What Does Friendship Really Mean?
Through sickness and in health
It's like that old saying your Mum or your Nan would say: "You can count your real friends on one hand."
I never used to understand it. I was popular, friends with everyone. I was a social butterfly, always going from one group of people to the next. I heard the line "gosh Emma you know everyone" more so than I could count. Yet, how many of these people were actually true friends? Was this actually a healthy way to form genuine relationships?
There are some people you meet in life that you just immediately click with as a friend. There's that connection, similar to a romantic relationship. You'd date, just like a romantic relationship, going out and dancing, going for dinner, drinks, yoga classes. You start to really trust and love this person who's walked into your life, as part of your soul tribe. You think that they'd be there through thick and thin, it didn't matter how long you'd known them, if shit got real, they'd be there.
When I got sick, this whole concept was spun on its head. People walked away almost immediately once my news was out. I was seriously unwell, with no real idea as to what or how I was going to get through it, but I needed support. And people who I had known for two years and people I had known for 22 years walked away. I heard nothing, I wasn't called, I was visited or texted. I was ghosted in fact by probably 60% of people I'd consider close friends.
I started to question myself. What had I done? Had I said something? Then I got angry... how could I have these so called 'friends' in my life that possessed no compassion, no empathy? People I had grown up with, people that knew my fears and my dreams, people that had stayed at my house, eaten my food, people that had seen my heartache and total joy were now strangers, all because of a diagnosis. I went from being a really fun person, life and soul of the party, running my own parties, to just being at home, isolated and alone, no fun.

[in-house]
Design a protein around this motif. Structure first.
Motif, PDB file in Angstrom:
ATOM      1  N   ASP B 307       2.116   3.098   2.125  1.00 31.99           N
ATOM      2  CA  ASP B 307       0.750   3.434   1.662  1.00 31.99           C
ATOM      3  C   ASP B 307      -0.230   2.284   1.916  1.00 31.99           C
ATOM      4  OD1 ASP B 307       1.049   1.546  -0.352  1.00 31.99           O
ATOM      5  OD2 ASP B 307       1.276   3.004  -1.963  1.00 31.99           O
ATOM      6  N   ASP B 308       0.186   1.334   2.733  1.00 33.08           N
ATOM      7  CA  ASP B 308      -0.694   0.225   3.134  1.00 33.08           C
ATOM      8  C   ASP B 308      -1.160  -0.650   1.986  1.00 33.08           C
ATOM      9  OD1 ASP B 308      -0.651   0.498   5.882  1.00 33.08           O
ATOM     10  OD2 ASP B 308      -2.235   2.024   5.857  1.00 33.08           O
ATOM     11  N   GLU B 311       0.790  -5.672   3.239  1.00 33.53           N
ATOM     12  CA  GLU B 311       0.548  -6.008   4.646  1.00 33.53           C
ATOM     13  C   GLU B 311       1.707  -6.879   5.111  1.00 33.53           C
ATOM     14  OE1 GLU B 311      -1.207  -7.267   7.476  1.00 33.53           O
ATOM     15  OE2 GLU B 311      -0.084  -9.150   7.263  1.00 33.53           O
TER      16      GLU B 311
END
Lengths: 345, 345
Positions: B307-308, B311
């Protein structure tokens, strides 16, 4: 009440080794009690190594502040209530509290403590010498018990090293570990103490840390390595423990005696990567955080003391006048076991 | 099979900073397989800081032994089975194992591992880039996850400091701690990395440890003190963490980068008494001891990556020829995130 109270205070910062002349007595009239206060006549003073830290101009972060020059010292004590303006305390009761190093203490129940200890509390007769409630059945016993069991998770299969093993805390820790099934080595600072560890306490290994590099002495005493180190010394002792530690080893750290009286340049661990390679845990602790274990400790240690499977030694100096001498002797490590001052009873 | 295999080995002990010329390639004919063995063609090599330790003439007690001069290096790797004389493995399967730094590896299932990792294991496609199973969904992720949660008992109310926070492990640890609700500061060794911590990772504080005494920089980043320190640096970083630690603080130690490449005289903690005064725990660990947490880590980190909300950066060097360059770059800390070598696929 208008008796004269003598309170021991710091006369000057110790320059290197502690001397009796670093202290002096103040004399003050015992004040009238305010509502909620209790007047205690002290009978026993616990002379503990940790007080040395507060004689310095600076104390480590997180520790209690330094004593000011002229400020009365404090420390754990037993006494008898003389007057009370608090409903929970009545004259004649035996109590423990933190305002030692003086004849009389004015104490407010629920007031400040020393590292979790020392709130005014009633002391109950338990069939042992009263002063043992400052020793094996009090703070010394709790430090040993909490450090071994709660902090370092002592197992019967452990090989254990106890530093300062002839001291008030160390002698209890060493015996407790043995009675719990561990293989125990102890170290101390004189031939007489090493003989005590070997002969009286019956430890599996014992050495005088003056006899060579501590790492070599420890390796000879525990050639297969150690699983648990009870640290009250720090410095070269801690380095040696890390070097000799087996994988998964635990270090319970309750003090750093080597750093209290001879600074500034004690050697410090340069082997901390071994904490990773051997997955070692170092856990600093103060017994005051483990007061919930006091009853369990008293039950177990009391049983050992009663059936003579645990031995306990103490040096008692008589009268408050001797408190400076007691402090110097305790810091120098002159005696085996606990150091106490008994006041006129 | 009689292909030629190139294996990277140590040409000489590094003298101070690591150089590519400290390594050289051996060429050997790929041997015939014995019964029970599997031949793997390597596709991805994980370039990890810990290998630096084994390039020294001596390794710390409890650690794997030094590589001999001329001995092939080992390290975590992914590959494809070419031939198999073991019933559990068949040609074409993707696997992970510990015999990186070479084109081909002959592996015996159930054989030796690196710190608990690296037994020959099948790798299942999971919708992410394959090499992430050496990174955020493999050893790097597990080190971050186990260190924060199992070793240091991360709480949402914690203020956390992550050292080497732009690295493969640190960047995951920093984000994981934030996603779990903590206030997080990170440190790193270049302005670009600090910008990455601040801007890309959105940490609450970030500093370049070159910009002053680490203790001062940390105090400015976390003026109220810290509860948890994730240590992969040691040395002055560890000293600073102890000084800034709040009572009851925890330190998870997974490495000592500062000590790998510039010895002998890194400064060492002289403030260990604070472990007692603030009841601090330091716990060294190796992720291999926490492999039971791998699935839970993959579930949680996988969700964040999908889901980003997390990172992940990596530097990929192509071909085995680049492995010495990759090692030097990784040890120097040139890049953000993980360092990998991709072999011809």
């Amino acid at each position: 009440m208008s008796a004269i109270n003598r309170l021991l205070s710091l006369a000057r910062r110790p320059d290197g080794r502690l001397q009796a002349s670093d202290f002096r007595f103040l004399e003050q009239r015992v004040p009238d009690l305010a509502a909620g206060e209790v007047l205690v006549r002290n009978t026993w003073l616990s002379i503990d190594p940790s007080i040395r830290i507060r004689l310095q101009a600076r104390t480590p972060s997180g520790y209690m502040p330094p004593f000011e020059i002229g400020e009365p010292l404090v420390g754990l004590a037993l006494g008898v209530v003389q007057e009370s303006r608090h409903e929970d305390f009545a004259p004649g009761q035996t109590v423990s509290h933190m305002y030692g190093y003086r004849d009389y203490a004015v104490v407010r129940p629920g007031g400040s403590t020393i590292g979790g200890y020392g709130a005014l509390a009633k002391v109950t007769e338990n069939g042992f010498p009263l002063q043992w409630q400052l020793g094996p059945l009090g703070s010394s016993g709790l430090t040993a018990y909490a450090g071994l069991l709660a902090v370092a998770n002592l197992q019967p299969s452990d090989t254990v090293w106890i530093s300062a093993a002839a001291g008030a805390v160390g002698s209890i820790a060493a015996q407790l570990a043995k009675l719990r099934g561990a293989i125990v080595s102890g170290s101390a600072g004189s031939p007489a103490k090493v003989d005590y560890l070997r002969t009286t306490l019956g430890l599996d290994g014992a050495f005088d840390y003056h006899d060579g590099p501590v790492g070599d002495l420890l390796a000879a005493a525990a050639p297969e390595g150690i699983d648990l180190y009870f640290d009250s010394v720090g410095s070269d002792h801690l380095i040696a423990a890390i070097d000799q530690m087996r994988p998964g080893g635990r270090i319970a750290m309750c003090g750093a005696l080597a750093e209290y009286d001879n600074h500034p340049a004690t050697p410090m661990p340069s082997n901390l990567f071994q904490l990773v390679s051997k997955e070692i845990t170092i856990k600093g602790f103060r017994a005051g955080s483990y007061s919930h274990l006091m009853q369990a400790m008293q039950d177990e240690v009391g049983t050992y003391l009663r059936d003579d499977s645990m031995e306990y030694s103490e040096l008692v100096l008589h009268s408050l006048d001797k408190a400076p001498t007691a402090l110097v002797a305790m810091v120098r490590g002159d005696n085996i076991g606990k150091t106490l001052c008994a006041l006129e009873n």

I think that getting sick taught me a lot about me as a person and the behaviours I had carried through up until my late 20s that had only gotten me so far and were no longer working anymore. I was a people-pleaser, a yes person, I would constantly be putting other people's needs ahead of my own just purely because I came second, never first. I just wanted to be liked, I was that insecure. Being liked mattered more to me than taking care of myself. So, when you have people who only want to take care of themselves, when you really do need the support and the love, they just don't care enough to put themselves in your shoes, they're still only focused on themselves and what they need.
After some pretty deep health news this week, one of my best friends walked away. She couldn't engage anymore. I wish I didn't have to engage anymore either, but this is my life right now and it's my reality. This wasn't "have some pills and you'll be back to your old self in a week" kinda news. This was "you have a lot going on still and have a long way to go" kinda news. She put conditions on our friendship—you're not you anymore so I don't want to engage. This isn't real friendship, because love is unconditional. I was heartbroken, yet also not surprised. I also learnt that it's not a reflection of me, the situation I'm currently in is clearly triggering things in these 'friends' of mine that they find extremely uncomfortable, that they don't want to deal with. And the bottom line, I think I need some new friends. Friends who are conscious of their own needs, who put themselves first, but also possess compassion and empathy, who can engage and listen to you when you just want to feel a sense of normality when you're trapped in a body and a situation that isn't doing great. That's all you ask for, that's all you crave.
I think that most people want to be there when it's fun, like any relationship. We all love the honeymoon stage. That bit where you're just essentially dating, as lovers or as friends, dating is fun. When shit gets real though, the honeymoon stage ends abruptly, because life isn't fun anymore. The honeymoon stage could have gone on for years and years, this doesn't even have to be about the first few months. You can be friends for 20 years and nothing bad happen, so essentially you're in honeymoon for all that time. It's delusional to think that any relationship is going to continue 'dating' forever. Life is tough, things happen, people die, people get sick. That is what life is and walking away from someone when shit gets tough is not the answer to your problems.
On the flip side, I have so many people who have stepped up, who have been there unconditionally, who check in from time to time, who want to talk about men, relationships, books they're reading, things they're doing and looking forward to. Just because my life has stopped it doesn't mean the world has stopped, and normality means talking about how the world hasn't stopped and about your life with no guilt! That is friendship. It's not hard and it's not complicated, but it seems that there are some people who need reminding of this.